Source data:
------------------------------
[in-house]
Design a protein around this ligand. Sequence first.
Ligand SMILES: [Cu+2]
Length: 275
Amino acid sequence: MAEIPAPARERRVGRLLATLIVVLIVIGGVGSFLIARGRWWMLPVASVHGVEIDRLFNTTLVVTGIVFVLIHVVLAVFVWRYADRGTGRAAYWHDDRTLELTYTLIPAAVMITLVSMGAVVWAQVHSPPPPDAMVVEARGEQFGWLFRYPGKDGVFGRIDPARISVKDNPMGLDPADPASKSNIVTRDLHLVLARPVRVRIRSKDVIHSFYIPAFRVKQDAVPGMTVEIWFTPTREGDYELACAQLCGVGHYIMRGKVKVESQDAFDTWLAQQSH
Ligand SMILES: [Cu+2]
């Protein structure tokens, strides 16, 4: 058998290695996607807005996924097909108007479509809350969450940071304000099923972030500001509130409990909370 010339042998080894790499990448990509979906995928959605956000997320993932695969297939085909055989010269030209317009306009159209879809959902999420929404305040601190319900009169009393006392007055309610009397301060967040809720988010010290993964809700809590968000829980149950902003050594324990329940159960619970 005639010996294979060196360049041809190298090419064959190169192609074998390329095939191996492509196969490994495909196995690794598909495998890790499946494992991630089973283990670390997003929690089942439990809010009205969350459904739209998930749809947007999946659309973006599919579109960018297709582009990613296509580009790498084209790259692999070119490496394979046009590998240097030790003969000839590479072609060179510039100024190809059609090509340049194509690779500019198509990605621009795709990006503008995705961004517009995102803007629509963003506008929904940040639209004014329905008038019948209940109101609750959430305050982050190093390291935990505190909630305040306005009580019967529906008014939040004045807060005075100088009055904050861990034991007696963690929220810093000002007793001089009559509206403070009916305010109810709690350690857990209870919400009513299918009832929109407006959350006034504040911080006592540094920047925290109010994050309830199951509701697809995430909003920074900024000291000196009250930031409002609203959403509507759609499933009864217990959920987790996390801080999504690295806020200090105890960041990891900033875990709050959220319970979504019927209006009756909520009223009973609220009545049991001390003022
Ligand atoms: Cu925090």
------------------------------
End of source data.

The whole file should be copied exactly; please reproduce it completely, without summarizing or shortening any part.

[in-house]
Design a protein around this ligand. Sequence first.
Ligand SMILES: [Cu+2]
Length: 275
Amino acid sequence: MAEIPAPARERRVGRLLATLIVVLIVIGGVGSFLIARGRWWMLPVASVHGVEIDRLFNTTLVVTGIVFVLIHVVLAVFVWRYADRGTGRAAYWHDDRTLELTYTLIPAAVMITLVSMGAVVWAQVHSPPPPDAMVVEARGEQFGWLFRYPGKDGVFGRIDPARISVKDNPMGLDPADPASKSNIVTRDLHLVLARPVRVRIRSKDVIHSFYIPAFRVKQDAVPGMTVEIWFTPTREGDYELACAQLCGVGHYIMRGKVKVESQDAFDTWLAQQSH
Ligand SMILES: [Cu+2]
């Protein structure tokens, strides 16, 4: 058998290695996607807005996924097909108007479509809350969450940071304000099923972030500001509130409990909370 010339042998080894790499990448990509979906995928959605956000997320993932695969297939085909055989010269030209317009306009159209879809959902999420929404305040601190319900009169009393006392007055309610009397301060967040809720988010010290993964809700809590968000829980149950902003050594324990329940159960619970 005639010996294979060196360049041809190298090419064959190169192609074998390329095939191996492509196969490994495909196995690794598909495998890790499946494992991630089973283990670390997003929690089942439990809010009205969350459904739209998930749809947007999946659309973006599919579109960018297709582009990613296509580009790498084209790259692999070119490496394979046009590998240097030790003969000839590479072609060179510039100024190809059609090509340049194509690779500019198509990605621009795709990006503008995705961004517009995102803007629509963003506008929904940040639209004014329905008038019948209940109101609750959430305050982050190093390291935990505190909630305040306005009580019967529906008014939040004045807060005075100088009055904050861990034991007696963690929220810093000002007793001089009559509206403070009916305010109810709690350690857990209870919400009513299918009832929109407006959350006034504040911080006592540094920047925290109010994050309830199951509701697809995430909003920074900024000291000196009250930031409002609203959403509507759609499933009864217990959920987790996390801080999504690295806020200090105890960041990891900033875990709050959220319970979504019927209006009756909520009223009973609220009545049991001390003022
Ligand atoms: Cu925090």